So… one step at a time

So a child who isn’t the ‘life and soul’ doesn’t need to be forced to change, they need acceptance and availability.

Remember — ‘quiet’ is a subjective term and someone who seems withdrawn at first in your home may be dealing with much more than they’re used to.

Maybe a one-to-one game of cards will be all they can deal with initially — but give them opportunities to learn the value and fun of spending time with others.

With time and luck, the young person will become an important part of your family who can also spend time apart without being seen as rude or sullen.

 

Find out more about the Secure Base programme and other specialist training available for carers by calling 0800 044 3030 or if you prefer, contact us online.

To see when you can talk to some of our friendly staff in person about training and support, see our latest events near you.

Introduction to attachment and foster care | Joe Nee

 

Expert in attachment theory Joe Nee highlights some of the impact a child’s attachment experience can have on them and their foster families.

As children develop, from conception to adulthood, they need support from those responsible for protecting them during this journey.

When going through the various stages in this developmental process their experience of attachment plays a crucial role.

This continues throughout the young person’s development, from absolute dependence, to independence and autonomy as an adult.

And the different needs of children at each stage demand differing responses from those charged with their care.

Each develops at their own pace — from being unable to let their main carer out of their sight to the ‘terrible twos’, ‘sibling rivalry’ the ‘lazy teenager’ and so on.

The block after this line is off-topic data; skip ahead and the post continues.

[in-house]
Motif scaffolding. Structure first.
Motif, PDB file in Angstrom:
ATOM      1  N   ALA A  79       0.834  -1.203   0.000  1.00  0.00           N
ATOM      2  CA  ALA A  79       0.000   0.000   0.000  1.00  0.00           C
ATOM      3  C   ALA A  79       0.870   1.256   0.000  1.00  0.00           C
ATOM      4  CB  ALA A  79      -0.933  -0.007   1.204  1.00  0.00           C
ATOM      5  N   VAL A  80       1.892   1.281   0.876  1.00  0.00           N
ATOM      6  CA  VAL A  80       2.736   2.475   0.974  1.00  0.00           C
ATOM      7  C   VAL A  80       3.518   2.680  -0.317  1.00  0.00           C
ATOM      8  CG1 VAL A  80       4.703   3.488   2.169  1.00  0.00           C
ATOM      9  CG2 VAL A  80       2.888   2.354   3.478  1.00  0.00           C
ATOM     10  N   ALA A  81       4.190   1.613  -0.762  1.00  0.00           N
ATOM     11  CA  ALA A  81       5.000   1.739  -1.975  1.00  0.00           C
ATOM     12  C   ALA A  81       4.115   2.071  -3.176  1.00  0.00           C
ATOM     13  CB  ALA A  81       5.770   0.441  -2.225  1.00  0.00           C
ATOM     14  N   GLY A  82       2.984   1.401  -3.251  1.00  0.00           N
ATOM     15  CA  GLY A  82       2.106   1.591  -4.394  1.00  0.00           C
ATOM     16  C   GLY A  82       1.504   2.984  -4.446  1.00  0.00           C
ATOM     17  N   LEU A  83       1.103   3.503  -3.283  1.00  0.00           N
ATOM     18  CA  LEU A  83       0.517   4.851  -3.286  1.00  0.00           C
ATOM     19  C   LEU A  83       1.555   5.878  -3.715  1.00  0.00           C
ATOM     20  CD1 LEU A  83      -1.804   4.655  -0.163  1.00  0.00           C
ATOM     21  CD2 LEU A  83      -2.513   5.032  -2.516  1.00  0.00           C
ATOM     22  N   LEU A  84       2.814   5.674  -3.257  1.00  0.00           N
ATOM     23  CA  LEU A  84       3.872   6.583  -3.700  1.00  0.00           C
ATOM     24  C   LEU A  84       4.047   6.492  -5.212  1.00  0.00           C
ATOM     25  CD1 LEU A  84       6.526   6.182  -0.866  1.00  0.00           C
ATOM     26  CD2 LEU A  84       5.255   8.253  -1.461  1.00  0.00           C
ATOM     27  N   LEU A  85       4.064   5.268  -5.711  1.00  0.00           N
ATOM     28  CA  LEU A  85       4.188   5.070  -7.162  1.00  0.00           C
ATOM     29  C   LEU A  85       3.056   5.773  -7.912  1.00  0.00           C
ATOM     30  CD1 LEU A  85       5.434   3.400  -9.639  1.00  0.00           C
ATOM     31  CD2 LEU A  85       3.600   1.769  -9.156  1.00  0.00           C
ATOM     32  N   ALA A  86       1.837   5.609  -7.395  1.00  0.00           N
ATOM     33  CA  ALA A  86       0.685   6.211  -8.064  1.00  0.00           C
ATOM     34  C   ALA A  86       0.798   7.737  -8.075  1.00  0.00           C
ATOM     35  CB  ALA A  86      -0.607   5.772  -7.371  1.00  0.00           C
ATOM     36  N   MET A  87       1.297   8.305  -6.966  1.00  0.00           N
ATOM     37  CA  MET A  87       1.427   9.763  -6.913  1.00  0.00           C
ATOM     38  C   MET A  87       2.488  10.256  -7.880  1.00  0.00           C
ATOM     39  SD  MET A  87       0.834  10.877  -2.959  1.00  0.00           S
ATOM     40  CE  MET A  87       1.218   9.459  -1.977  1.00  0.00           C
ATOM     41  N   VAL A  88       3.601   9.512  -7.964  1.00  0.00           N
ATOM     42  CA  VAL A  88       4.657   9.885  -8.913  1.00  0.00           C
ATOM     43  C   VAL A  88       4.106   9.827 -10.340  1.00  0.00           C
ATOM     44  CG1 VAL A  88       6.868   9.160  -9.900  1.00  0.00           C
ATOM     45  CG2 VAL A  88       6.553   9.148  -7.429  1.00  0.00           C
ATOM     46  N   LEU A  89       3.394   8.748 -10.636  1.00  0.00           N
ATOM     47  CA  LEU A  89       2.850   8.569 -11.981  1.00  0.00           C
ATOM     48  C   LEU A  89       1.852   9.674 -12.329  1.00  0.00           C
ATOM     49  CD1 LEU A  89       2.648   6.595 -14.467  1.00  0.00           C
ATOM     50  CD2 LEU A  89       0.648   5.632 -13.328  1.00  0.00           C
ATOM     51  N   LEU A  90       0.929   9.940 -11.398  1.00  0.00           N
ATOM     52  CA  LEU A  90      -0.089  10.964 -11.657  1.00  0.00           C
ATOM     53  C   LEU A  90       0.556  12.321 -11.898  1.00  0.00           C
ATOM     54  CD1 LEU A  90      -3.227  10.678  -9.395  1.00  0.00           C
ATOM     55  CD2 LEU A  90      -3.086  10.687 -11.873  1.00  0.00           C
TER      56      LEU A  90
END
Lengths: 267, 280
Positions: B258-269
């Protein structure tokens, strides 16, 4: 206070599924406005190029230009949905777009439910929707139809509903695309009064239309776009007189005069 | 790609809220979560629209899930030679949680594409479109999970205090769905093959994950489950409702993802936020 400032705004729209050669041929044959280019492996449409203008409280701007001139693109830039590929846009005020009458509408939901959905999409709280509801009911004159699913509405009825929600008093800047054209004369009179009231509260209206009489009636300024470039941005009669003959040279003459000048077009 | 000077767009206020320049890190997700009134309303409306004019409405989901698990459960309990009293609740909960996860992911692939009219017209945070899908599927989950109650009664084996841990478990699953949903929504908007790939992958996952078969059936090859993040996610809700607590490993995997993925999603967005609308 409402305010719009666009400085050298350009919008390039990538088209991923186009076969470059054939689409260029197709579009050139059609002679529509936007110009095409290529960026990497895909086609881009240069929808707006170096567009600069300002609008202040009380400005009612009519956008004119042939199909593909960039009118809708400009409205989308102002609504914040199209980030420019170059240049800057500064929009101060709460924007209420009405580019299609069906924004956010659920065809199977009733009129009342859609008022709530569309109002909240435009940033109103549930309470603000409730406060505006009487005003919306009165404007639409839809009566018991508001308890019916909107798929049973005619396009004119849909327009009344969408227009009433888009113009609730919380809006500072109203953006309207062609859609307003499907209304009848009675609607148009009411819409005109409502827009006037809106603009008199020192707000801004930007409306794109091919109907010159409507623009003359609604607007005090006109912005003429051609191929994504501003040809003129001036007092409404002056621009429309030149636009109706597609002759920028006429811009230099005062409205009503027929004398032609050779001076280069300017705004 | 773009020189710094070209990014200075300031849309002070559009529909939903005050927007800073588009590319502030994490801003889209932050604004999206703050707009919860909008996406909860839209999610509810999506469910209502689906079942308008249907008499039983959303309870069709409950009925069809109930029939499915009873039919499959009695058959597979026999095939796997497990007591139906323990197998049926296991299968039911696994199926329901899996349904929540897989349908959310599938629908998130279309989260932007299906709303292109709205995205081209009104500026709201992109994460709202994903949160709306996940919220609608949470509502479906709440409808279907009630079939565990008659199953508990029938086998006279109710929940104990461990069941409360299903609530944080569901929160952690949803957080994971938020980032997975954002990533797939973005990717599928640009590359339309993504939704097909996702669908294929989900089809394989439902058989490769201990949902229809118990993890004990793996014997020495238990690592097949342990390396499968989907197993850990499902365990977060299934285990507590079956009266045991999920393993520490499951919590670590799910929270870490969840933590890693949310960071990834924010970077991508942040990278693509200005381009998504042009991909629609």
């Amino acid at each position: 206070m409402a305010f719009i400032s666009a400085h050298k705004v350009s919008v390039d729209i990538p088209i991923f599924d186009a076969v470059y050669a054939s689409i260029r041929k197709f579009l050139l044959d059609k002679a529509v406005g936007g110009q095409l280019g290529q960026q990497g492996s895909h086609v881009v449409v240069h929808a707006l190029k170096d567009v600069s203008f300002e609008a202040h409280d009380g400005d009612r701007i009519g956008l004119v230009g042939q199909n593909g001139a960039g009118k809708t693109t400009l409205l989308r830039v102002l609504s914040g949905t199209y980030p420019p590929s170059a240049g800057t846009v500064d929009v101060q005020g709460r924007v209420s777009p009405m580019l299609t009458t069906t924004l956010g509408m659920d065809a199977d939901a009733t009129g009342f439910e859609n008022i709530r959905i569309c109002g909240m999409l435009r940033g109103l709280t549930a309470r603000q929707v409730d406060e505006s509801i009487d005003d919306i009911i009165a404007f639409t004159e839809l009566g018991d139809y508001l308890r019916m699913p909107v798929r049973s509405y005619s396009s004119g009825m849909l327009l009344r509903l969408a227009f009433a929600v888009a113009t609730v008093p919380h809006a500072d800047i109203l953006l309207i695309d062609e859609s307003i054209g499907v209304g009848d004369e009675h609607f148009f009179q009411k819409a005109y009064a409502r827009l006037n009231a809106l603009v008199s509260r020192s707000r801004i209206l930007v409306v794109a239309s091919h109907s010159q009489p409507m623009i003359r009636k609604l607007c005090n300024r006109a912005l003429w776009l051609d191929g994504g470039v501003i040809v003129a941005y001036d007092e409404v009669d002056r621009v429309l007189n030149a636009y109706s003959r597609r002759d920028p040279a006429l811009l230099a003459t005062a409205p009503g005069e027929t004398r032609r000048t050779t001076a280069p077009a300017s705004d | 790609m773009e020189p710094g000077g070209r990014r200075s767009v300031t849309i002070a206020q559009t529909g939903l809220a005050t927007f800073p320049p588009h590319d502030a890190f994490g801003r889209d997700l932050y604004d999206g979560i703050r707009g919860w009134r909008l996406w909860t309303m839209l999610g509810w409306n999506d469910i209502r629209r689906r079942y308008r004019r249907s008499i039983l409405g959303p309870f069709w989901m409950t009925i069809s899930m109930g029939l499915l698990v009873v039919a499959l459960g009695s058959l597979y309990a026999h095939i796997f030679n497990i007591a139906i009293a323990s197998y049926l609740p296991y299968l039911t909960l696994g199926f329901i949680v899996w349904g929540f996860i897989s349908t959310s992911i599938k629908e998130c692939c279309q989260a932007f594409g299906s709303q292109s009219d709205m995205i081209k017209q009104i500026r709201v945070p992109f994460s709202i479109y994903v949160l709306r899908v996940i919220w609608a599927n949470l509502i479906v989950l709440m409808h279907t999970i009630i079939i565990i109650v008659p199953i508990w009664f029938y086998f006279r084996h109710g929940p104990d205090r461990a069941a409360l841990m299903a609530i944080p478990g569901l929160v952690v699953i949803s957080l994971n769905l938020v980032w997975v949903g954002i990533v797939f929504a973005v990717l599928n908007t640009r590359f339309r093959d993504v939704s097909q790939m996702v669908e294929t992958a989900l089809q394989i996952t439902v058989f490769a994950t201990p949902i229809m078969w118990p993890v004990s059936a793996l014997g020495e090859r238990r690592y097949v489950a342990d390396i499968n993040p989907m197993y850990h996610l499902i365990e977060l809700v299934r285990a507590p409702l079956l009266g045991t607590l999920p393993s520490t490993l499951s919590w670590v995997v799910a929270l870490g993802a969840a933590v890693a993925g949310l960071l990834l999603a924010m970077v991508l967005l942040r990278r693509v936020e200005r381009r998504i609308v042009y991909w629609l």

Studying how a child attaches to their parents/carers helps us understand how this process is affected by the nature and quality of our early experiences.

This is particularly true of children who have experienced early trauma and/or neglect.

All children need to develop a secure emotional attachment to their parents or their primary/main carer at an early stage.

 

Stressed young mother sitting on her sofa whilst feeding her baby son. She has her head in her hand and is surrounded by mess

 

Young people may seem ‘unable’ to learn, or understand consequences, behaving in ways that seem to guarantee they won’t get what they want.

They may even feel responsible for their problems and those of their parents, believing themselves to be ‘bad’ or deserving of punishment.

The quality of the attachment relationship a child develops with their key caregiver is a good indicator of their ability to cope and adapt.

And as the child grows, this relationship means they continue to view this caregiver as a potential source of comfort in any stressful situations.

Unfortunately, this can continue to be the case even if the caregiver proves to be abusive, neglectful, fails to protect them, or their life seems to be in chaos.

For foster parents, this can clearly prove a challenge, as the child seeks comfort and approval from whichever caregiver to whom they have been attached.

 

The effects of attachment on foster parents